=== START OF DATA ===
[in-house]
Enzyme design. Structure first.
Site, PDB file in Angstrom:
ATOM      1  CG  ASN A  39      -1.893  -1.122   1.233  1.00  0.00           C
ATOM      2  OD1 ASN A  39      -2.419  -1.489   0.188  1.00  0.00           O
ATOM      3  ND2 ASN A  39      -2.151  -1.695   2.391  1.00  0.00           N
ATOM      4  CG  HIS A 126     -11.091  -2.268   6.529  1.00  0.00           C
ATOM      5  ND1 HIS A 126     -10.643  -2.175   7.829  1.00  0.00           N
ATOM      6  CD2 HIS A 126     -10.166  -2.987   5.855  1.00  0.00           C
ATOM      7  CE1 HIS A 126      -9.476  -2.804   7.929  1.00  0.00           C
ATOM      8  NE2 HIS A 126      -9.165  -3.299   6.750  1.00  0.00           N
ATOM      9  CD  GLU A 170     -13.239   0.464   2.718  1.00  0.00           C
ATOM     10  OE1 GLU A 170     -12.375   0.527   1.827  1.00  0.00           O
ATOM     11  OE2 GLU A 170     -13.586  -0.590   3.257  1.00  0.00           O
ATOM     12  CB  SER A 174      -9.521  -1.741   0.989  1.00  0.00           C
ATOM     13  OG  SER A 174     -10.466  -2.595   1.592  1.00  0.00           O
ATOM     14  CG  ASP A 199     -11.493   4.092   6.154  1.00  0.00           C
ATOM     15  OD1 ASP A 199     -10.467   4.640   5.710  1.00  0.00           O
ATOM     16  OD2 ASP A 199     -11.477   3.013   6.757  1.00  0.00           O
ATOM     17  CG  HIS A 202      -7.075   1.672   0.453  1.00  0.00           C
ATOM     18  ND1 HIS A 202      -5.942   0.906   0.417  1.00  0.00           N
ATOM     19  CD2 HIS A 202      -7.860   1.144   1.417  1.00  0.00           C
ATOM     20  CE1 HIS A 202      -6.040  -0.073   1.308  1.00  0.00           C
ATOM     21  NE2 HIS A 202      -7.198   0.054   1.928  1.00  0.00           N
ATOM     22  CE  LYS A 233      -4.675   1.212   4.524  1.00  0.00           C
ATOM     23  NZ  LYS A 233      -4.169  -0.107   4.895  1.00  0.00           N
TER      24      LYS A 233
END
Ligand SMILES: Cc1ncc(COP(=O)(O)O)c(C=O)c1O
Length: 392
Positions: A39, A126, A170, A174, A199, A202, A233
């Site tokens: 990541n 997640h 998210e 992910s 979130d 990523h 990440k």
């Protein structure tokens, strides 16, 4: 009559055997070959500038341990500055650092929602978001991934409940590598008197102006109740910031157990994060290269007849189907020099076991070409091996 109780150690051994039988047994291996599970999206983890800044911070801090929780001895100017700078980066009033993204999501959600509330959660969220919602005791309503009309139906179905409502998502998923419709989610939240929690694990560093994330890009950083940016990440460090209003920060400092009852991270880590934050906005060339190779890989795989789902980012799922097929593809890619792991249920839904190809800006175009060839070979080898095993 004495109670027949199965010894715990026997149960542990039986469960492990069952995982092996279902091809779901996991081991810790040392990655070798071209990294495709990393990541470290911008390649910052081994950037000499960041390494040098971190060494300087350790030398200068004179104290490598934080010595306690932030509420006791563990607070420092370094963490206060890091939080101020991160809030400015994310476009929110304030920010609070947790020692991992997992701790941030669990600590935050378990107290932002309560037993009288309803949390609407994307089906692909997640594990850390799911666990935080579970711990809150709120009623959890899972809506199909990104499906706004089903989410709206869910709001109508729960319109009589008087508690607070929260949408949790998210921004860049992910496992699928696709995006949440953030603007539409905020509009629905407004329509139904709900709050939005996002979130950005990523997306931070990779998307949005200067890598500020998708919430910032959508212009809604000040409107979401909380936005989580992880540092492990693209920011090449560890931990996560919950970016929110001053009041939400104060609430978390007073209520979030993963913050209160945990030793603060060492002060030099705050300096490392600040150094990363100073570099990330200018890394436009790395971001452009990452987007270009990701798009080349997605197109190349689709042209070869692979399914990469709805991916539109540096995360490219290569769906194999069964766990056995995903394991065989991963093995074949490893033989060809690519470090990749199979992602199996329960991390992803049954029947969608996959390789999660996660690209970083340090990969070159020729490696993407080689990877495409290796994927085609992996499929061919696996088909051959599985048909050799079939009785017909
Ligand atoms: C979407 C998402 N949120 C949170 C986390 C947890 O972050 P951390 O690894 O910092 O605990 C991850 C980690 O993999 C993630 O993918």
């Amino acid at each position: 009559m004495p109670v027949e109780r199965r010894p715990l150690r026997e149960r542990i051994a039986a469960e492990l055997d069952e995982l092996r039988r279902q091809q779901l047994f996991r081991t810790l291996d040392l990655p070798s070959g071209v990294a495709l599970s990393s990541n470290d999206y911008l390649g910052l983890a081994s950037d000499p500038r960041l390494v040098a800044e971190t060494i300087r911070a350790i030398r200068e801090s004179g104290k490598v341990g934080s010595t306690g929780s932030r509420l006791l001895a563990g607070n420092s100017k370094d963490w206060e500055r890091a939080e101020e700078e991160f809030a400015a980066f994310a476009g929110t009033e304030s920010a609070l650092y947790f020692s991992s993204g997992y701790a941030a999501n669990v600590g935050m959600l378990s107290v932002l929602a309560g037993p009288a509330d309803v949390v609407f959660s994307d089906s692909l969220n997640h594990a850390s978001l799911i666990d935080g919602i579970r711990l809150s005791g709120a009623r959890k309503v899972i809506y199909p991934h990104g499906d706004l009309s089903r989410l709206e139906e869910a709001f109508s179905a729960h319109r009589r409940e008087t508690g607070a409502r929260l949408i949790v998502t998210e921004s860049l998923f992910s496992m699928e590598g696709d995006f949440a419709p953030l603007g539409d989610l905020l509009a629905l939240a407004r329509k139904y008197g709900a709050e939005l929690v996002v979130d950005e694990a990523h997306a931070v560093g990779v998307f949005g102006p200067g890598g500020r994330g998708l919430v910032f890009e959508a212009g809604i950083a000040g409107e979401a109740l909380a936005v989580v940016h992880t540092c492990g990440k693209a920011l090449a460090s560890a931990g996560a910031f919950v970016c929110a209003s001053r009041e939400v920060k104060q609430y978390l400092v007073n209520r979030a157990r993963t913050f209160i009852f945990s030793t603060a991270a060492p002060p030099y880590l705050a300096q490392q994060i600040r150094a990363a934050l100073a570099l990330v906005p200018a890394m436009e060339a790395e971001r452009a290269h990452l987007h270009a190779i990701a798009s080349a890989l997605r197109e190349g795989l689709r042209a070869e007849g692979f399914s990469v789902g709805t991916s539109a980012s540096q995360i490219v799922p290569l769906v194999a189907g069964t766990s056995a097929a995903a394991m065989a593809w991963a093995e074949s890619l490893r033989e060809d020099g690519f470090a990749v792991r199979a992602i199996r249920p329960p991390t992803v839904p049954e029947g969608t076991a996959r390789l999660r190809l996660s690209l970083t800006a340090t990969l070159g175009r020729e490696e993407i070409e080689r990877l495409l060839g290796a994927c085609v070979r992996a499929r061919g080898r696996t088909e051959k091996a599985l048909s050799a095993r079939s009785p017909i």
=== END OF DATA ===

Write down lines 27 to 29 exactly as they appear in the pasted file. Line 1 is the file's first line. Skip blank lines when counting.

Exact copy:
TER      24      LYS A 233
END
Ligand SMILES: Cc1ncc(COP(=O)(O)O)c(C=O)c1O